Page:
Once upon a time there was a girl who haunted dreams. Well. They were usually nightmares by the time she was done with them. She was dead, but when you’re dealing with the subconscious that is neither here nor there.
Around the same time, there was a boy who haunted daydreams. Unlike the girl, he didn’t scare his audience into waking up; he pulled them into a stupor so enticing they frequently forgot to wake at all. He was also dead.
They met for the first time on a crossroads. Their victim, sorry, chosen audience, was a teenage boy. They had both been teenagers, briefly. The boy’s dream merged into a daydream merged into a dream, as they often can when one is woken in the night by a passing car or suchlike.
‘Would you like to get coffee?’ she asked. He was cute, in a dead sort of way.
‘Sure.’ She was cute, in a dead sort of way.
Coffee in the afterlife isn’t really the same as it is in life, so they visited a coffee shop and used their combined psychic weight to knock several jars from their shelves.
They were a team after that, mostly. One in during the day, one in during the night. Extra fun with daytime naps and that snuggly not-quite-conscious state. Most people don’t remember their dreams, and fewer still like to admit to the contents of their daydreams. Both are excellent playgrounds for bored spirits. Both whisper, you are not completely happy on a fundamental level.
Universal meditation practice, both ghosts liked to say, would put them out of a job.
Several years into their lucrative partnership, the ghosts encountered a very elderly woman. Neither of them had made it to thirty in life, so they both envied this lady’s aching bones and deteriorating mind.
Oh, do you, really? she asked them. Both ghosts paused.
‘Did you say that?’
‘No. Did you?’
What are you doing, anyway? the elderly woman continued. Why are you nosing at the inner workings of my brain? Don’t you have your own?
It’s because the half-asleep musings of a nonagenarian give you a taste of what you might have enjoyed, had you both lived. Now leave me alone to my memories or I’ll relive my time in Red Cross. I was at Srebrenica, you know.
They looked at each other.
‘It’s possible the living are haunting us,’ he said tentatively.
‘I suppose it is, now I think about it. Bit obvious, really.’
‘What… what now? Do we move on?’
They were silent for several minutes, or possibly several years.
‘We could move on to haunting buildings,’ the girl suggested. ‘Set up shop somewhere permanent.’
‘Not a graveyard. Not a hotel. Too cliché.’
‘Agreed. What about… ooh, how about a school?’
‘All the clocks we can stop? The snatched sleep and endless fourth period daydreaming? You’re on.’
Twenty years later, the most haunted and least coveted secondary school in a four-county diameter experienced an unusual phenomenon. Written across the front of the main building in whiteboard marker were the words THANK YOU FOR THE FUN TIMEZ. WE’RE OFF TO GRADUATE.
The more superstitious of the school population exhaled loudly and with great relief.
‘I knew something was up,’ the deputy head teacher said to the receptionist. ‘Thirty years I’ve been here. Started off in the art department, back when we had an art department. Brilliant school back then. Proper centre of learning excellence. Then one spring term it just…’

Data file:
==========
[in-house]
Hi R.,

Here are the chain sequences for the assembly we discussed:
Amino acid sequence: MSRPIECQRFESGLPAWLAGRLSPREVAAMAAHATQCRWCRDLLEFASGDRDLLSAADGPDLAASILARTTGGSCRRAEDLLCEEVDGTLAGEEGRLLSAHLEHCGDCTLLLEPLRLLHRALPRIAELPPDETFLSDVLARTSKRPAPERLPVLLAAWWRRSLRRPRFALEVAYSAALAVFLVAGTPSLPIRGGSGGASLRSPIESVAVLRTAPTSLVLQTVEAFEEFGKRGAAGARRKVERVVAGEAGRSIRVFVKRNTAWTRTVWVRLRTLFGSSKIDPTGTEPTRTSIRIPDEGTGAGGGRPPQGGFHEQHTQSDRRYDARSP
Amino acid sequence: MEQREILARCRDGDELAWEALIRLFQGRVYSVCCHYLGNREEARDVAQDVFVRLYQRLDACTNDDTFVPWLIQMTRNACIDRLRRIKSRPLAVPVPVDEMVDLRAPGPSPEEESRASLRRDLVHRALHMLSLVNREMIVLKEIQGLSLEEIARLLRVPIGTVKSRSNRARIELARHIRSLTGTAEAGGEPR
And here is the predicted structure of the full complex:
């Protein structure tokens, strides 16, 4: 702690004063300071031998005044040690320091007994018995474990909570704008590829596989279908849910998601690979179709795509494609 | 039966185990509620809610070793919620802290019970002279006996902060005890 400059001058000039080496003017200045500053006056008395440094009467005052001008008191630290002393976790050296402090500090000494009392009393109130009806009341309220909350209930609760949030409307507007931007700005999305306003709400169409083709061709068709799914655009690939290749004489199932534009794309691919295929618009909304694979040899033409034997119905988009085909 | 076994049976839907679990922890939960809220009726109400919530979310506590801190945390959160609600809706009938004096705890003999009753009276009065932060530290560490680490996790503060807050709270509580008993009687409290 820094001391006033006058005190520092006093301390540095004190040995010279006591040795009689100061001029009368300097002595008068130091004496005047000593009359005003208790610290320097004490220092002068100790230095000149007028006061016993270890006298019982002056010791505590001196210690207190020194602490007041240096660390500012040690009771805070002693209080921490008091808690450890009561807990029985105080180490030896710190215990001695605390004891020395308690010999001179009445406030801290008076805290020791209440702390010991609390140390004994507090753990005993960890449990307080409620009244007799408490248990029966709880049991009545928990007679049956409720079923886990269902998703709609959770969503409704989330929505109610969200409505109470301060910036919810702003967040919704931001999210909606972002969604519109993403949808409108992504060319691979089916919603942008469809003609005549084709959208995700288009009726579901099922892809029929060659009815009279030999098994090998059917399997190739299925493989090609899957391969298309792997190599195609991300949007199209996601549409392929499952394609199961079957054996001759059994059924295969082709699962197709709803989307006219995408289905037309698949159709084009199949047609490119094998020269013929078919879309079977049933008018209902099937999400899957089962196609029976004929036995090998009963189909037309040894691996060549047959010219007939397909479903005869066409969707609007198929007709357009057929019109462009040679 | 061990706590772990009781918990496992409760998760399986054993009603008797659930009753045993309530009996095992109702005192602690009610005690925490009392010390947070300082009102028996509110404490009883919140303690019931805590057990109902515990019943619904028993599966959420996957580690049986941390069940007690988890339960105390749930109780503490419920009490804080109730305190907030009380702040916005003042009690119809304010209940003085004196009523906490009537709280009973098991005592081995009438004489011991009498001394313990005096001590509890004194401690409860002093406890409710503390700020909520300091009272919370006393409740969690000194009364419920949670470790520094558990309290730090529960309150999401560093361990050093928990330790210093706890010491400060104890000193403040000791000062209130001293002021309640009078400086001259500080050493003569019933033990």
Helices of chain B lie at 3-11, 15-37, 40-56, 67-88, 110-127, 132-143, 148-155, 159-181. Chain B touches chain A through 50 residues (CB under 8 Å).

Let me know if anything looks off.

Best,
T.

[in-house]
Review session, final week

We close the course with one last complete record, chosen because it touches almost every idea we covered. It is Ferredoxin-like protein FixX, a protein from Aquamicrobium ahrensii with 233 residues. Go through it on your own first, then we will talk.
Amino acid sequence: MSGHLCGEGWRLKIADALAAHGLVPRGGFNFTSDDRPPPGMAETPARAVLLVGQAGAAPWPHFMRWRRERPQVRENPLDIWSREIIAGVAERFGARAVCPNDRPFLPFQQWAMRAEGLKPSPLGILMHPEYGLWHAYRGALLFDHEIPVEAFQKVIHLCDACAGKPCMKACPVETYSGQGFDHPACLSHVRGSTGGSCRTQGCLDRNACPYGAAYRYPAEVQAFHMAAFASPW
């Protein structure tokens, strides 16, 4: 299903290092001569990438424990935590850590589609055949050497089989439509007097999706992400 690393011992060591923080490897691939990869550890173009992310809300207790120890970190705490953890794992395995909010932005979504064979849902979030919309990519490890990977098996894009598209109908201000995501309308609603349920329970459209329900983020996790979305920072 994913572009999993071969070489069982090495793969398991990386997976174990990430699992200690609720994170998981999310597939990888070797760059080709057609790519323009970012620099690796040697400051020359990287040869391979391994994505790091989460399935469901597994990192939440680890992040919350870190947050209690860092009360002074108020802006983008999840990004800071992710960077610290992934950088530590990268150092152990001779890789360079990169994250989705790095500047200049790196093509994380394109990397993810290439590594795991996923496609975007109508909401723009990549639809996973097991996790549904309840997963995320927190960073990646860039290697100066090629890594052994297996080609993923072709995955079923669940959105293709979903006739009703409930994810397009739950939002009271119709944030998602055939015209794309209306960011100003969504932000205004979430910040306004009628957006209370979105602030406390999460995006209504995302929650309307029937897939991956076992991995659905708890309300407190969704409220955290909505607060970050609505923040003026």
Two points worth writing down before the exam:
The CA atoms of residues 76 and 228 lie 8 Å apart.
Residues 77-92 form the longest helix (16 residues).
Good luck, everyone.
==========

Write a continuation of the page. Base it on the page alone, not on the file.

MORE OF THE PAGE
‘Went wrong,’ the receptionist said helpfully. They’d seen the weird shit students carved into tables during fourth period. Every classroom in the school went through three sets of tables every year. The receptionist liked to tell out of town friends that if you stood outside the Religious Studies classroom on a Monday morning and listened very carefully, you could hear a girl laughing. Brandie Atkins, who was now training to be a nurse, used to swear she could hear the laughter merge into a voice hissing, that is not what happens. And of course, there was the incident with the netball courts. No one ever figured out how the net posts bent themselves into the words No one uses Pythagoras in real life but it did give the kids a laugh… and made maths teachers’ lives a little harder.
After the whiteboard marker event, the school gradually lost its reputation for hauntings, although the clocks never worked again.
By the time it had regained a reputation for academic excellence, two students, infamous in the local area, enrolled for their secondary schooling. Even aged eleven they had form for small to medium acts of party-throwing, larceny and racketeering. Each had heard of the other, vaguely; the town wasn’t huge and their parents frequented the same Thursday night salsa class. By eighteen, they were known by the police in four counties for being the go-to perpetrators of anything one might consider ‘illegal but in the name of good fun.’
By the time they were thirty-two, they had visited twenty-six countries and thrown a wedding reception that made the local news for all the best reasons.
‘It’s so strange,’ she said as they gave a joint speech. ‘We both felt we’d met before, somehow, even though we’d never seen each other until the first day of year seven.’
‘Things slotted into place somehow,’ he added. ‘I feel more alive with you.’
‘And I with you. Shall we see what happens when we cut the cake using a chainsaw? I’ve always wanted to try that.’
They lived very happily, and quite loudly, ever after. Well. Until she died of cancer in her late eighties and he of pneumonia in his slightly later eighties.
When they met in the afterlife, she said, ‘shall we haunt the eff out of all our children? I’ve always wanted to try that.’
‘First person to make one of them cry wins?’
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Copyright © 2020 by Francesca Burke
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